(January 2014) - Many Americans take for granted our children’s right to happy childhoods and the laws and social programs intended to ensure their safety. But thousands of immigrant children enter the United States alone every year, fleeing violence and insecurity, only to be confronted by an immigration system that exhibits little concern for their wellbeing.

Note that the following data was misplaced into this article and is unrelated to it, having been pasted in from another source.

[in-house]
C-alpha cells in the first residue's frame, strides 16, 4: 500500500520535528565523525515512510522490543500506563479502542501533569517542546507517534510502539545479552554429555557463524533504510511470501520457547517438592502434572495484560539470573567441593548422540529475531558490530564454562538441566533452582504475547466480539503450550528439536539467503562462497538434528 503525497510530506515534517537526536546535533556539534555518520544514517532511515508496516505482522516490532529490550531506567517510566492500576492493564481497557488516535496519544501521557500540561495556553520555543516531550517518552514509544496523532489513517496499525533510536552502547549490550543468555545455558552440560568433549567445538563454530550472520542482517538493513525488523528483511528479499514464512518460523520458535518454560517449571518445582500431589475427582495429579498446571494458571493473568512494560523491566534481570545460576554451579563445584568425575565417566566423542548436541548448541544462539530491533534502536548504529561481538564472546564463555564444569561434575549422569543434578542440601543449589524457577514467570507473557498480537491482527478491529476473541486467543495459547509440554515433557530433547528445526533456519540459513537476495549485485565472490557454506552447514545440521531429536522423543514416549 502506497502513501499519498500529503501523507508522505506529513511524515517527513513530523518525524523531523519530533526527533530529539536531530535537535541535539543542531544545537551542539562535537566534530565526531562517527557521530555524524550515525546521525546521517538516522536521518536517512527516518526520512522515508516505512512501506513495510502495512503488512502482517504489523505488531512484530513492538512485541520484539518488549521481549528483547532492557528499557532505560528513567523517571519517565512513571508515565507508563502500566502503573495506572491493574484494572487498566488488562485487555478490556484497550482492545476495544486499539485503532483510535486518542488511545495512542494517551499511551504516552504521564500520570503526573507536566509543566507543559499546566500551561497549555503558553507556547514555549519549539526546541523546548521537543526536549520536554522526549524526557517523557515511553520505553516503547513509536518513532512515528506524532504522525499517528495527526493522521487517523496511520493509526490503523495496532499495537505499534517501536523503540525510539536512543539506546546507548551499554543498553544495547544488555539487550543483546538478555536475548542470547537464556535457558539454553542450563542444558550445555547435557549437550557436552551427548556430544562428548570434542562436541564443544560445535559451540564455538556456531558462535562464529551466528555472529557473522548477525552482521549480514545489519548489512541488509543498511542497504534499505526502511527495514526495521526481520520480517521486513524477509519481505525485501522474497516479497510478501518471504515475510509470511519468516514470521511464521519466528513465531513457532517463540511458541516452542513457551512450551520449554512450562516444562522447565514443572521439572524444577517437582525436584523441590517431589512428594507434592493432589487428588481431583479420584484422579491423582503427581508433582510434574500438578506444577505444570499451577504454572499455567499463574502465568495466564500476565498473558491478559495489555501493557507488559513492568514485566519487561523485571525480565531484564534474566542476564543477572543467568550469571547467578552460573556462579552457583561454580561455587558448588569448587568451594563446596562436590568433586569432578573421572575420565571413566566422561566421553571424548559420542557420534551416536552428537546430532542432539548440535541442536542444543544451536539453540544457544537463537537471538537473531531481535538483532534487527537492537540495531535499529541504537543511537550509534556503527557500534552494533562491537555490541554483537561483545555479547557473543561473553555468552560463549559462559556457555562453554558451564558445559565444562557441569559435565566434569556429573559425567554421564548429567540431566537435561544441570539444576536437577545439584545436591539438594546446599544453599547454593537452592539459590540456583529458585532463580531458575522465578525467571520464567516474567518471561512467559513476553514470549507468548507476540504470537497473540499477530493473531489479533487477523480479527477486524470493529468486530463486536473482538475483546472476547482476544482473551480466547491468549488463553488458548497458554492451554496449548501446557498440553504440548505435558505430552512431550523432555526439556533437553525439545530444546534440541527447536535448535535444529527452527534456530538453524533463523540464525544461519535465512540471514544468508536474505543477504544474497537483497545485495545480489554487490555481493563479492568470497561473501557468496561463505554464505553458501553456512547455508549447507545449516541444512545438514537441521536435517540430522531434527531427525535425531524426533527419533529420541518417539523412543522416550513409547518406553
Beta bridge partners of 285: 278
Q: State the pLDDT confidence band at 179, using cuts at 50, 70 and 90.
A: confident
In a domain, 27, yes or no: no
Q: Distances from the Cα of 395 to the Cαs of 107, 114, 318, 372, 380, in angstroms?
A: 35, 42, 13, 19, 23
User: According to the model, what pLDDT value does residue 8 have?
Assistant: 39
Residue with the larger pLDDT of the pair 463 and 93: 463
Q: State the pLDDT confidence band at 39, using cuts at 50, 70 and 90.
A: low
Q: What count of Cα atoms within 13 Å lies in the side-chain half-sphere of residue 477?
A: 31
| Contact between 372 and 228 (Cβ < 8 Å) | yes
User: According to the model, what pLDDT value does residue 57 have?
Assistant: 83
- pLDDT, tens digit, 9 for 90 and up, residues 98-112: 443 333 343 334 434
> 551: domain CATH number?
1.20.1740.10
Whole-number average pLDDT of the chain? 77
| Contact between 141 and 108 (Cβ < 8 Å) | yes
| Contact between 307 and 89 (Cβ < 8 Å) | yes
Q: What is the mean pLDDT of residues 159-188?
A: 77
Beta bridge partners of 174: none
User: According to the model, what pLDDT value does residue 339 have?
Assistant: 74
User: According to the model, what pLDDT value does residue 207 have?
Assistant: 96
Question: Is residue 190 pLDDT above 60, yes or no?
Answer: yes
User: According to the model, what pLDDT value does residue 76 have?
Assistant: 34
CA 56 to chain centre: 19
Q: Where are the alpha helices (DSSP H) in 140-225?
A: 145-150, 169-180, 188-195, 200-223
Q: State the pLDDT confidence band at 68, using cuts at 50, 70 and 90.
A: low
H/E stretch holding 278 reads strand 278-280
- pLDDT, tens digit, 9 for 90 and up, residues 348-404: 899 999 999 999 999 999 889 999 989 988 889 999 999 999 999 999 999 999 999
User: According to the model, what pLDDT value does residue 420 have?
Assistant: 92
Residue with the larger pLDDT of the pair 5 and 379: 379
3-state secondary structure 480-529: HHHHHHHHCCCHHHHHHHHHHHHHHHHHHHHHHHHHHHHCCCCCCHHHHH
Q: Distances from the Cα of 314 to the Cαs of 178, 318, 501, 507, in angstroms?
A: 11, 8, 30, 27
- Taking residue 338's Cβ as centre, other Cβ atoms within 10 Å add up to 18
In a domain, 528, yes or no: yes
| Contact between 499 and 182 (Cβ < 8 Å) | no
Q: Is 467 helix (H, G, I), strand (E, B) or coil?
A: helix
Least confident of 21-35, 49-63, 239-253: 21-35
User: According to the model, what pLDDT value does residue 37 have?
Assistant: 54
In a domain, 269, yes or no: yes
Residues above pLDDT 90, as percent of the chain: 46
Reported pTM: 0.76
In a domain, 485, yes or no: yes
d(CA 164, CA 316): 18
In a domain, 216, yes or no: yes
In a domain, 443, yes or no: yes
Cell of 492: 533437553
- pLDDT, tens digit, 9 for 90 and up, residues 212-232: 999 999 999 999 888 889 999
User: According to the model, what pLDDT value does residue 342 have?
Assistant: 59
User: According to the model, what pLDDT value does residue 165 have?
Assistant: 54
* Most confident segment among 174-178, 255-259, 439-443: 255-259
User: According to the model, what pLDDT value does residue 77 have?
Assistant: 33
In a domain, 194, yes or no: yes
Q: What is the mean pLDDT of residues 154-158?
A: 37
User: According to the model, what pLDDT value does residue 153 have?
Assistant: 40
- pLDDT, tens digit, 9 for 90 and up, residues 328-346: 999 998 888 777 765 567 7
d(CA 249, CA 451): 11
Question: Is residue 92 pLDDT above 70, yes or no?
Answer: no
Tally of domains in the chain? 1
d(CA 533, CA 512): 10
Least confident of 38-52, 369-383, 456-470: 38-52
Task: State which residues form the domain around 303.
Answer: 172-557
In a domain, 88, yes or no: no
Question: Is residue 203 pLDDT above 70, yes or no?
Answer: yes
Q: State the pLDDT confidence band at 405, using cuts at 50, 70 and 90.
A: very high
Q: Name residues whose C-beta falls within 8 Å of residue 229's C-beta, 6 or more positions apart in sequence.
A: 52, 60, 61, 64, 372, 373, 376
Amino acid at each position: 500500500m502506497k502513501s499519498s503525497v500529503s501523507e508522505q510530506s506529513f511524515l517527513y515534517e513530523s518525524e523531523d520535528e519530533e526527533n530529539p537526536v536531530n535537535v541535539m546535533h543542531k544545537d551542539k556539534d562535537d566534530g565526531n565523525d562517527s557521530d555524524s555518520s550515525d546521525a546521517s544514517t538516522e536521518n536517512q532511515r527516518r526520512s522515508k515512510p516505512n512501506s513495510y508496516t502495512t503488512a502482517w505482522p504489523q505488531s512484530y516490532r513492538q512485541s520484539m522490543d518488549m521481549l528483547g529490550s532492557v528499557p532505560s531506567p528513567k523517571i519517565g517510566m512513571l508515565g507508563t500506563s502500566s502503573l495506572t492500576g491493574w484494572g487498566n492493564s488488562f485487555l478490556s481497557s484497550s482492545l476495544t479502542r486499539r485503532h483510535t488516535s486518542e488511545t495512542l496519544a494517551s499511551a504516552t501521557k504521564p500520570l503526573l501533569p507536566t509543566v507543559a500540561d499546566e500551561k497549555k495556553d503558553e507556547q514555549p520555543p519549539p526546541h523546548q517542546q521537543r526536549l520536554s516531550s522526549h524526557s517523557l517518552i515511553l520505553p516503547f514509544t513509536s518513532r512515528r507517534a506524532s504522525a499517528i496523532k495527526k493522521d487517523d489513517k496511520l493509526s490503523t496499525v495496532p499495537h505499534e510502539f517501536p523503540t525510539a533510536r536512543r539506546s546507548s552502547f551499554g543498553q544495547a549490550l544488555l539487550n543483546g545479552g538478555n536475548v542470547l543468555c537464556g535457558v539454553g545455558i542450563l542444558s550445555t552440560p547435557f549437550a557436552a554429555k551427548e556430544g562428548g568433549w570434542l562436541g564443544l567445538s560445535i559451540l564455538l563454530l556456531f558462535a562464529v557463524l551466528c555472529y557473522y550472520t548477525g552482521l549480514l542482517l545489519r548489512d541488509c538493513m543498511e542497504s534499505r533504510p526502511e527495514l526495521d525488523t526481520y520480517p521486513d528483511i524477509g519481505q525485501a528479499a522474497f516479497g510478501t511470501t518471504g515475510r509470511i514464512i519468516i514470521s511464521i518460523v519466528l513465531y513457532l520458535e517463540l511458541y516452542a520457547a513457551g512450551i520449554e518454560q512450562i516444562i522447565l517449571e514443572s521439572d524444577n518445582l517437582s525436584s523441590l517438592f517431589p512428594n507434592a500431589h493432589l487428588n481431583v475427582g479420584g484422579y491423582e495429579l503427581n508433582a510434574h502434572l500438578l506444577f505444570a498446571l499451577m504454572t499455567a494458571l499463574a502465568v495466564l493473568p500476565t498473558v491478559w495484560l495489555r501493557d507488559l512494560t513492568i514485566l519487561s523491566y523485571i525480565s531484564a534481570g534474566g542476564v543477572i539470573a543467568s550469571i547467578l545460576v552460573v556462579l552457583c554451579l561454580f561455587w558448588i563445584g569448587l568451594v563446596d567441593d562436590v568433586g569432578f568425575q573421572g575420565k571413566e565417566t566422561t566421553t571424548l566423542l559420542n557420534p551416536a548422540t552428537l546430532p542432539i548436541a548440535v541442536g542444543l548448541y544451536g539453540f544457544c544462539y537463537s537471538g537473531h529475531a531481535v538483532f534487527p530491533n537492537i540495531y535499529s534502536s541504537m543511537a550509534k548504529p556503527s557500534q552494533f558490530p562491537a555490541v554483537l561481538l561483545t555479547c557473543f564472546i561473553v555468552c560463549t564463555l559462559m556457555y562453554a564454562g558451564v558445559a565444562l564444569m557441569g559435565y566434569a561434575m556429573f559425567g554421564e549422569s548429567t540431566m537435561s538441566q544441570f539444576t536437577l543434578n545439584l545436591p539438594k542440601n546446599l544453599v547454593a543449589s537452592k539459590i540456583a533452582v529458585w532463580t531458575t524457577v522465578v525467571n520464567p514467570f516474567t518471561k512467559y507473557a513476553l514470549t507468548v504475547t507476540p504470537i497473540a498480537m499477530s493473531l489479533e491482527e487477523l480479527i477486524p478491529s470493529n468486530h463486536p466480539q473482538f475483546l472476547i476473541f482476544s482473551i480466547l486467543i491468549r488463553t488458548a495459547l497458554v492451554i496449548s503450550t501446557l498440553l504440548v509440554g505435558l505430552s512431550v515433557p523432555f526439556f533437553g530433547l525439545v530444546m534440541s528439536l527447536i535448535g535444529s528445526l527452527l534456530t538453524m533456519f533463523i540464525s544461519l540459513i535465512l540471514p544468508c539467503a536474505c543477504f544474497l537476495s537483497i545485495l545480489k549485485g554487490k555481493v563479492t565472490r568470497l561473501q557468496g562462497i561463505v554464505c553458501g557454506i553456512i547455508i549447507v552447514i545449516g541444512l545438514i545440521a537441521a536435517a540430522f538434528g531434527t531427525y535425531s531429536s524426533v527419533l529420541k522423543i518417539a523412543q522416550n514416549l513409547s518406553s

To better understand this humanitarian crisis, the National Immigrant Justice Center compiled information from hundreds of intake interviews with unaccompanied children held in government custody in the Chicago area. The survey analyzed the driving forces behind the children’s migration, the treatment the children received upon arrival, and the challenges they encountered in the U.S. immigration system. Upon apprehension, the Department of Homeland Security (DHS) subjects many children to inappropriate treatment such as detention in extreme temperatures and shackles. Once they reach a Department of Health and Human Services Office of Refugee Resettlement (ORR) shelter for children, they are in a race to receive legal services to help them understand their rights and responsibilities. When released from custody, they must find lawyers or navigate the court system alone. This policy brief calls on the U.S. government to act to ensure that the immigration system protects children’s due process and human rights.